Revealed! The real reason a crying baby will keep you awake on a plane

Ruth Doherty
Revealed! The real reason a crying baby will keep you awake on a plane
Revealed! The real reason a crying baby will keep you awake on a plane


New research has revealed that there is a scientific reason why the sound of a baby crying will keep you awake on a plane - and, no, it's not just because it's really, really annoying.

No, the study has found that crying babies are almost impossible to ignore because our brain instantly reacts to the sound of them in distress, according to the Daily Telegraph.

Even without children of our own, we have an emotional reaction to the sounds of a baby's screams, leading researchers to believe we developed an acute response to the noise to allow us to react faster to their needs.

Scientists from Oxford University scanned the brains of 30 childless people while they listened to recordings of babies and adults crying as well as other animal distress noises, like dogs whining and cats mewing.

Their results revealed that when the baby sounds were being played, participants had significantly higher activity levels in two regions of the brain linked to the processing of emotions.

Dr Christine Parsons, a scientist involved in the research, spoke at the Society for Neuroscience annual conference in New Orleans, and said: "The study was in people who were not parents and had no particular experience looking after babies, and yet they are all responding at 100 milliseconds to these particular sounds, so this might be a fundamental response present in all of us regardless of parental status.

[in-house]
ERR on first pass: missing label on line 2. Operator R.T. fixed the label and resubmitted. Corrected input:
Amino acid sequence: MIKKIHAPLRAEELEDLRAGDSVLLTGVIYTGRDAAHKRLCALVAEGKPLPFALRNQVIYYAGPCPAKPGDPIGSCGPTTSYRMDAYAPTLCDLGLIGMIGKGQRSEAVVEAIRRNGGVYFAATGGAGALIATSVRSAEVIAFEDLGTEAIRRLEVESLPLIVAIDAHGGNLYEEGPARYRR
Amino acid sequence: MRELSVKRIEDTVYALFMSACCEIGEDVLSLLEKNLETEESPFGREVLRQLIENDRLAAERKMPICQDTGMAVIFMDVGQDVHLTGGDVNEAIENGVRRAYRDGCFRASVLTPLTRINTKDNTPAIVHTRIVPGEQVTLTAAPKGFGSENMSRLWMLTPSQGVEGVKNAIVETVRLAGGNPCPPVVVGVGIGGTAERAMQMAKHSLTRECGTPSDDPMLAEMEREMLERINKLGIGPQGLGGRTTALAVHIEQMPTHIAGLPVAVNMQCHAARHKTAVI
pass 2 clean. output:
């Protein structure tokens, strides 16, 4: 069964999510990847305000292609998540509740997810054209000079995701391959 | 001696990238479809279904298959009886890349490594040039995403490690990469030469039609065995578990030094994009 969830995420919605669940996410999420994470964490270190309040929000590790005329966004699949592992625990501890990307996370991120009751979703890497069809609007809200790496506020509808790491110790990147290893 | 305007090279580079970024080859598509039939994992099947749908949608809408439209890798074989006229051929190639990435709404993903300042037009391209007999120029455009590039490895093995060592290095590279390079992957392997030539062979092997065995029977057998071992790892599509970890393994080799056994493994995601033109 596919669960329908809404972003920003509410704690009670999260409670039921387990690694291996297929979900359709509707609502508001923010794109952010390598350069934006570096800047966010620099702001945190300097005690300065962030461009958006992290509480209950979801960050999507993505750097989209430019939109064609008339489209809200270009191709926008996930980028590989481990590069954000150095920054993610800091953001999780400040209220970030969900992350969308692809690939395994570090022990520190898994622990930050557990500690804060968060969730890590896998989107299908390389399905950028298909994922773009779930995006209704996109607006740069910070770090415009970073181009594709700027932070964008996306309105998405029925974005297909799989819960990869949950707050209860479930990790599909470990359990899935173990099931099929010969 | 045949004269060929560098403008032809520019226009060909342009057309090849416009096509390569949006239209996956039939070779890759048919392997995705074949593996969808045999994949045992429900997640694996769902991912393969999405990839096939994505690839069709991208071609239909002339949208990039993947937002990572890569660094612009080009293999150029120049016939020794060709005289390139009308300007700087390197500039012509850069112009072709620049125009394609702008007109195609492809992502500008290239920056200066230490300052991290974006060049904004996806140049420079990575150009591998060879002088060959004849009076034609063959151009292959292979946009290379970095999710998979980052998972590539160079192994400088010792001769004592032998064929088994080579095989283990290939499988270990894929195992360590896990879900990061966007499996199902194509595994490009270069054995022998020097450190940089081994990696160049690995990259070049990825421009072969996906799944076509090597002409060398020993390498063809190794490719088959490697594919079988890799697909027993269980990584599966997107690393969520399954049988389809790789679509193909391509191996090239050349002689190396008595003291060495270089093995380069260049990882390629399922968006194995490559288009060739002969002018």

"When you a hear a baby on a plane you are immediately alert - it is one of those sounds it is very difficult to ignore, and it might facilitate us in responding quickly at a time when you really need to."

She added: "The sound of a baby crying is something that really captures your attention in a way that few other sounds in the environment generally do.

"What our study suggests is that there is something special about the way that babies sound that means that quite complex characteristics...of a baby cry seem to be processed much earlier."

Just last month, budget airline AirAsia announced it is to offer a child-free 'quite zone' on its long-haul flights from February 2013.

The Southeast Asian airline will reserve the first seven economy class rows 'exclusively for guests age 12 and above', NBC News reports.

And the new option won't cost you more than the regular fee charged for seats with extra legroom.

The section, which is separated by bulkheads and toilets on one side of the coach and has the premium cabin with mostly adult travellers on the other side, means that passengers opting to sit in the Quiet Zone are likely to be far from babies and young children.

Advertising the new option, AirAsia's website reads: 'Because we know that sometimes all you need is some peace and quiet for a more pleasant journey with us.'

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